MEDIUM VOLTAGE LOAD BREAK SWITCH WITH AIR AS INTERRUPTING MEDIUM
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- Institutt for elkraftteknikk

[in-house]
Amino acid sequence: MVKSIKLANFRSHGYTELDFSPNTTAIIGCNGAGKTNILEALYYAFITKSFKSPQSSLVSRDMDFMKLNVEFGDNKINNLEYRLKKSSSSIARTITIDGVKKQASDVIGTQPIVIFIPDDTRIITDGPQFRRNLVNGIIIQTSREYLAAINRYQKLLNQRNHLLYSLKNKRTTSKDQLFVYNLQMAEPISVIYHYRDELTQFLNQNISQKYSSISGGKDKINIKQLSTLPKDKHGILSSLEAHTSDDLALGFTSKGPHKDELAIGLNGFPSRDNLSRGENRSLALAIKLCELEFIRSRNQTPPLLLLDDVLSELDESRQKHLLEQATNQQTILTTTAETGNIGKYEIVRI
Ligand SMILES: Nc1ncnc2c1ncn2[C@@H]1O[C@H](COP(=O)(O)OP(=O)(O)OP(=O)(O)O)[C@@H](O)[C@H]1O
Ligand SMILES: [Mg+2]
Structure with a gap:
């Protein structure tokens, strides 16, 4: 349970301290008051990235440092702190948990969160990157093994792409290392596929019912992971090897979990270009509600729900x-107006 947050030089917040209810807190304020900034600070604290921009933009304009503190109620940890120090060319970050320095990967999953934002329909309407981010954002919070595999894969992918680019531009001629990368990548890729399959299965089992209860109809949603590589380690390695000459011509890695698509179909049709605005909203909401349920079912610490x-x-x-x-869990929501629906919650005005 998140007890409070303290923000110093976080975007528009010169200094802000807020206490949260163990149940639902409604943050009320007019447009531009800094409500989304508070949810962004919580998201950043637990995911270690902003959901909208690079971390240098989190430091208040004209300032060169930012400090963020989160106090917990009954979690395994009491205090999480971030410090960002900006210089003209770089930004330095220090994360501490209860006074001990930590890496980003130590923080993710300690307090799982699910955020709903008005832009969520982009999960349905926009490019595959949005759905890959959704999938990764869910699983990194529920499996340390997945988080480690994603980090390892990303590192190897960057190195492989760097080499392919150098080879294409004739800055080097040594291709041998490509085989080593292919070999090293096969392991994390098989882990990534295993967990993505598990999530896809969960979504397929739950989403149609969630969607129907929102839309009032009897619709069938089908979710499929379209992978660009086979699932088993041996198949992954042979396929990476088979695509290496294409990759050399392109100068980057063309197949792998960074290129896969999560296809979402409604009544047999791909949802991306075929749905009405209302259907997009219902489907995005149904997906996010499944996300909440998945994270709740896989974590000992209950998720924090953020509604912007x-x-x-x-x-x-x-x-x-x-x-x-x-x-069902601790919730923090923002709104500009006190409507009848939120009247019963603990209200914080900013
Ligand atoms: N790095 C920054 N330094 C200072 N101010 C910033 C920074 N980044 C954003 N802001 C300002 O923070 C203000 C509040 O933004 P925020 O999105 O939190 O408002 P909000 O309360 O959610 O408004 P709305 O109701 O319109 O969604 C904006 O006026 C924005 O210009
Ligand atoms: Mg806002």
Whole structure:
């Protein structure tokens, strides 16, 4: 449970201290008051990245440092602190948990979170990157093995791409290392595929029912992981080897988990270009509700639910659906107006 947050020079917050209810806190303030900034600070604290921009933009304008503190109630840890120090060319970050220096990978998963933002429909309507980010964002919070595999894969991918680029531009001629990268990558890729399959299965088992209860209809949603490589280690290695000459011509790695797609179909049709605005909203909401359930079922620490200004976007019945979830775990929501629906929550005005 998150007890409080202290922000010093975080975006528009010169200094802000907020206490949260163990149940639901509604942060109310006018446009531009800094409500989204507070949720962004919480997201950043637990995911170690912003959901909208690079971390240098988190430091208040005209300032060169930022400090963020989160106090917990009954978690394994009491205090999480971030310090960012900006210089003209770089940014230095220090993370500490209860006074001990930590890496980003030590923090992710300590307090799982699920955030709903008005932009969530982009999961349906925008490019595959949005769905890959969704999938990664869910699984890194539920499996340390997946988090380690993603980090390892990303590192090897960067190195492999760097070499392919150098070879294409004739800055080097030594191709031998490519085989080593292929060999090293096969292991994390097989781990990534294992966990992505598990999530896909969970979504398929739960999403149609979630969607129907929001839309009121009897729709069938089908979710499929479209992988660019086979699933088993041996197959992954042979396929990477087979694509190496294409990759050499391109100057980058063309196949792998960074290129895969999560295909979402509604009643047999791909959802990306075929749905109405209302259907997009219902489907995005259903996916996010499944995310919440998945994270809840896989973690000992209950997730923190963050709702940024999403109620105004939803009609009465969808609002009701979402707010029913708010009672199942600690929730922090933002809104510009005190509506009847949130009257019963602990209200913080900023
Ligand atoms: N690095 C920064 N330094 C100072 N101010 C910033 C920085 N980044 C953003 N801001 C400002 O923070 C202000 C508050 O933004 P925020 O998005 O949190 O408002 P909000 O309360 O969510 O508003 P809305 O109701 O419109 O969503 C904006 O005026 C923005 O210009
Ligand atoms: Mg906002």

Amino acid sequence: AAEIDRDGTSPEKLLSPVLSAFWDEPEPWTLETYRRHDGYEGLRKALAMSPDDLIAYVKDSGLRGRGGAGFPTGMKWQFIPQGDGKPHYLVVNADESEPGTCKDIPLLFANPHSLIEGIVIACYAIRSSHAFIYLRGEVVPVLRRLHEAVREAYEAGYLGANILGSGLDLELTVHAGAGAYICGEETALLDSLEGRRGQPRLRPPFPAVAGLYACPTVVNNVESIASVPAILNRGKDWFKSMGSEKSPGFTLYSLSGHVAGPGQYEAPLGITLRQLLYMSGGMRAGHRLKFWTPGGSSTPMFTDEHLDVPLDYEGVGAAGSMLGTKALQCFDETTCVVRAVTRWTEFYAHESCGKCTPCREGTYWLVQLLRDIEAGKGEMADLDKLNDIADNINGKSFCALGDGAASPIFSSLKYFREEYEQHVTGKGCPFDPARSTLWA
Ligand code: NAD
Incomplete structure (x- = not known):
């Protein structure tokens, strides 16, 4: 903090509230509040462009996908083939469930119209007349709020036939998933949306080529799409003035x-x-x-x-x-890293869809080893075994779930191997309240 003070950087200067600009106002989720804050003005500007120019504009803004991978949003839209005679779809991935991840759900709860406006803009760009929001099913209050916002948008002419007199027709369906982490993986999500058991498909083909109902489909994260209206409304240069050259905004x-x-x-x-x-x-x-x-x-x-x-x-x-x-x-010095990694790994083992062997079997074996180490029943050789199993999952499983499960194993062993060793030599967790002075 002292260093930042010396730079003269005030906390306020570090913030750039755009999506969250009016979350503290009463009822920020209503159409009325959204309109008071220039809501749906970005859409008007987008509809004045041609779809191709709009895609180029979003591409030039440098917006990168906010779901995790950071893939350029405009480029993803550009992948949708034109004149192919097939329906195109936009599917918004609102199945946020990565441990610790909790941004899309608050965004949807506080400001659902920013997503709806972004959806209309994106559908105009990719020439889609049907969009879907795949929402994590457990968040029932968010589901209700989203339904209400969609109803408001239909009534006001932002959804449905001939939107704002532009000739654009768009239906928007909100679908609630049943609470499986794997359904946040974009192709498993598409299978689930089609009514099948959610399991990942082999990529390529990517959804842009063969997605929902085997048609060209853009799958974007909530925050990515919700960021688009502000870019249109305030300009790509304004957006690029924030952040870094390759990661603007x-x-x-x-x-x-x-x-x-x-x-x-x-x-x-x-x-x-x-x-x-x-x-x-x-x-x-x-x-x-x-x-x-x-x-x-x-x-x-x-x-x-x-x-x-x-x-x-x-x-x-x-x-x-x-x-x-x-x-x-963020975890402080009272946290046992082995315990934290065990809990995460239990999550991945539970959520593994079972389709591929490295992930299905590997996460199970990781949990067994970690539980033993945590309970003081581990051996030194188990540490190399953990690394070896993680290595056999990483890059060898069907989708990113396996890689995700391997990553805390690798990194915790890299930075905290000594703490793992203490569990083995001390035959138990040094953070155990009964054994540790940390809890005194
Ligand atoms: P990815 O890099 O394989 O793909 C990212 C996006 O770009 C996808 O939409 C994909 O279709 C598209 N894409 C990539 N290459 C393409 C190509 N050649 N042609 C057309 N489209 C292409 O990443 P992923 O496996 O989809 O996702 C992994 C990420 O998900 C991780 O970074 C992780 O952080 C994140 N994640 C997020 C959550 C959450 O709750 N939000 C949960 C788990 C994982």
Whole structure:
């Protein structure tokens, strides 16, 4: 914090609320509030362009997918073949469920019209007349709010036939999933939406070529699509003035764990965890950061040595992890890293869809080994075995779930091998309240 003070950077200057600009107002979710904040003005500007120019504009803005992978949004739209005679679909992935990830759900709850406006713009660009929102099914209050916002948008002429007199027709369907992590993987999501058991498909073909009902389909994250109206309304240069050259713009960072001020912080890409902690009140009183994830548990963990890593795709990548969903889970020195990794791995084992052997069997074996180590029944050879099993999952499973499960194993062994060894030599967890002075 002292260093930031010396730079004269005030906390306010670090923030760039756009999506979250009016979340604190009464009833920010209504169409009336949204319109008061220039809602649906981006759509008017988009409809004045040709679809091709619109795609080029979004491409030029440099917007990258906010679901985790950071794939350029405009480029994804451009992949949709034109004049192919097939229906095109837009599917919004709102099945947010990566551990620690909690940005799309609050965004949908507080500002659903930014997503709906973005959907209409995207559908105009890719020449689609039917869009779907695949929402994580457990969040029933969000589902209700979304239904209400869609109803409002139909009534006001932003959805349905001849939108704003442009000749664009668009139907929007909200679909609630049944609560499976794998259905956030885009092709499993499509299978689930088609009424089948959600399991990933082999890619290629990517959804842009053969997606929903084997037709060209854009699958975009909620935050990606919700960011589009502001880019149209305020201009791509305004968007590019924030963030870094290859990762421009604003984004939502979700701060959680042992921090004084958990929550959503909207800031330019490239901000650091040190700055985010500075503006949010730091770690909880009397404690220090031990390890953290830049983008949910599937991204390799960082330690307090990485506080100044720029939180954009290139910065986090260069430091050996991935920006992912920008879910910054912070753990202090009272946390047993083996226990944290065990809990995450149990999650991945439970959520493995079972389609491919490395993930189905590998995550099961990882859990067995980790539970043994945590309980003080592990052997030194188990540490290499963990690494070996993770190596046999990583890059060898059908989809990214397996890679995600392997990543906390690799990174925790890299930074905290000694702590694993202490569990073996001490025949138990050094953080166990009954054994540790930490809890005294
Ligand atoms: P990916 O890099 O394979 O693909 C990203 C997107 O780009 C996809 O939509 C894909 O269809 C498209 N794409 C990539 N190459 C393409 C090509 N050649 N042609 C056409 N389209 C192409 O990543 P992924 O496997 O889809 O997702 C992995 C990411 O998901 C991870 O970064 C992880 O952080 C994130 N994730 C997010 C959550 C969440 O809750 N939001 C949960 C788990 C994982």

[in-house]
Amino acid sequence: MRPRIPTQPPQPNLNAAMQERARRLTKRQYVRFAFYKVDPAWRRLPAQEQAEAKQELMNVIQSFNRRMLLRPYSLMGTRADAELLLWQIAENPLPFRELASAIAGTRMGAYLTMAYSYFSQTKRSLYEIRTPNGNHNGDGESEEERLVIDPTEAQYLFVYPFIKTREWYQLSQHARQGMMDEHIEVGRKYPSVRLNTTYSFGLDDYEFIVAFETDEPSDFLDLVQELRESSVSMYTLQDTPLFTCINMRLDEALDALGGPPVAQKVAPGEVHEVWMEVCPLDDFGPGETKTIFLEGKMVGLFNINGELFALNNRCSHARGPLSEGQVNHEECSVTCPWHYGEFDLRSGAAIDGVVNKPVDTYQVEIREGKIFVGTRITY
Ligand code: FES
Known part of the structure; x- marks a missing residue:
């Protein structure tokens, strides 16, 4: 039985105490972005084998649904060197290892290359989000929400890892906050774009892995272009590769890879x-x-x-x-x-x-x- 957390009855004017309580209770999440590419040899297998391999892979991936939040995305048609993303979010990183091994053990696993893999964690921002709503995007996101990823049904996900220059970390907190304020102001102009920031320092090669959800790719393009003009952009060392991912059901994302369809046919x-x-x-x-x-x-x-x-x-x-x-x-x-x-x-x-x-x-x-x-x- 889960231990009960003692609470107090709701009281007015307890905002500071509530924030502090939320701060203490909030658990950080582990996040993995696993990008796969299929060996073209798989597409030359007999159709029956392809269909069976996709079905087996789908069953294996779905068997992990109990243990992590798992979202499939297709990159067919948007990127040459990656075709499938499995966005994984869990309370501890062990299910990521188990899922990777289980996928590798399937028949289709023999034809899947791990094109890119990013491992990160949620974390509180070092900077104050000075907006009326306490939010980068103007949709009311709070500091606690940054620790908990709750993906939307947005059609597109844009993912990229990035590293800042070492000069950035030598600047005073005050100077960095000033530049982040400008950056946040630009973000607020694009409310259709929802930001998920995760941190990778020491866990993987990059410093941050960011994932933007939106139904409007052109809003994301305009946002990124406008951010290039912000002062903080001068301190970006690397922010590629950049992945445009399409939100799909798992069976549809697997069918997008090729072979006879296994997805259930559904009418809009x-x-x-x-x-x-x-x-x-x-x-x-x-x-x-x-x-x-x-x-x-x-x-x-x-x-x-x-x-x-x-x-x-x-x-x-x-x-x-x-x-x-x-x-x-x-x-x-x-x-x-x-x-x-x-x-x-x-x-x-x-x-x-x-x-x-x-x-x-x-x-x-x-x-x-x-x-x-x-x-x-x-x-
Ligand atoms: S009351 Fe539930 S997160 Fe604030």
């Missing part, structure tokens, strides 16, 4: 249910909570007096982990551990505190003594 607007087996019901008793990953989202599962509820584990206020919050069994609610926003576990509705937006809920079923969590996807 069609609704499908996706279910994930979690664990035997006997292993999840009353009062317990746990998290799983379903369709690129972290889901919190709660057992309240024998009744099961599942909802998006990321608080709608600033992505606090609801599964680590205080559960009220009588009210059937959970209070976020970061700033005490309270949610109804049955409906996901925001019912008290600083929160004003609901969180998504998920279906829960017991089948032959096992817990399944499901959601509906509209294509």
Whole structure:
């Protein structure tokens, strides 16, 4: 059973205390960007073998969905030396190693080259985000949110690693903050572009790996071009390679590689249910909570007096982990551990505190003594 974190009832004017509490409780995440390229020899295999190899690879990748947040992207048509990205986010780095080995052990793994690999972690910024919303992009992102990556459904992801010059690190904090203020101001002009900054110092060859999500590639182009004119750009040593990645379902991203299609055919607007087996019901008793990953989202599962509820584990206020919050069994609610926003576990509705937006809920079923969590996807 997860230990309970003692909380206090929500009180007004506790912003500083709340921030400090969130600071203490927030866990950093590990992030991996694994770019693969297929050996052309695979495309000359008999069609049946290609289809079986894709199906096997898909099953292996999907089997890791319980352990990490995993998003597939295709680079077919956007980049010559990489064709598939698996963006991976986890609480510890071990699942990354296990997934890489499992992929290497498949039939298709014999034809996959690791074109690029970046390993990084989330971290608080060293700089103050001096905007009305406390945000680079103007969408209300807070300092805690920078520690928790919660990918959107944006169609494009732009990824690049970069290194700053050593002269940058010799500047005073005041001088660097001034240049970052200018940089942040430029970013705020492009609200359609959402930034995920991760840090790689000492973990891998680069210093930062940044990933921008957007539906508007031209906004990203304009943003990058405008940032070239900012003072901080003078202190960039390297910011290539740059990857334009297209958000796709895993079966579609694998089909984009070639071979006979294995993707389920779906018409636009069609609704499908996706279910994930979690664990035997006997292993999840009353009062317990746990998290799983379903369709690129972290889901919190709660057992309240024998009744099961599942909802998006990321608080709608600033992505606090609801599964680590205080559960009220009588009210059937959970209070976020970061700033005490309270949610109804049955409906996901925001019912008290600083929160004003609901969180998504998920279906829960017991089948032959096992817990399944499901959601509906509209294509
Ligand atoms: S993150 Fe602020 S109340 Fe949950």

Compact load break switches (LBSs) are common inside compact substations, and other places in the medium voltage distribution system where space is a limiting factor. SF6 is usually applied as interruption and insulation gas due to its excellent electrical characteristics. However, because of its strong greenhouse gas potential, other more environmentally benign gases, like air, are of interest to the industry.Current interruption is a complex process, and optimising the design of a medium voltage LBS is difficult. When using air instead of SF6, optimisation with regard to size is important, since larger equipment will not fit in many existing installation sites. Due to the superior properties of SF6, little research has been done on using air as interrupting gas in LBSs, and good simulation tools for design optimisation are yet to be developed.This master thesis concerns current interruption in air at load currents with different nozzle and contact geometries, and investigates how the air flow is affected by these parameters. Furthermore, the possibility to use the arcing voltage as a parameter in the development of a simulation tool for predicting the outcome of an interruption is also examined. A high-speed camera has been used to film the interruption to more thoroughly understand the impact the air flow has on the arc.This report consists mainly of experimental work conducted with a test switch and laboratory designed for parameter studies, and with test conditions similar to those used for product testing.The results from current interruption testing show that the minimum upstream over-pressure needed to successfully interrupt the current varies for different currents and nozzle geometries. For the 24 kV / 630 A tests, a threshold value for obtaining successful interruptions seems to be 0.3 bar over-pressure, while at 880 A an over-pressure of at least 0.4 bar is required for the tested geometries.The arcing voltage was monitored during successful and unsuccessful current interruptions, but no clear difference in the arcing voltage was found between the two outcomes. During interruption testing, steep drops in the arcing voltage have occasionally been observed. By filming the arc it was found that these steep drops most likely were caused by the arc short circuiting itself due to unnecessary elongation.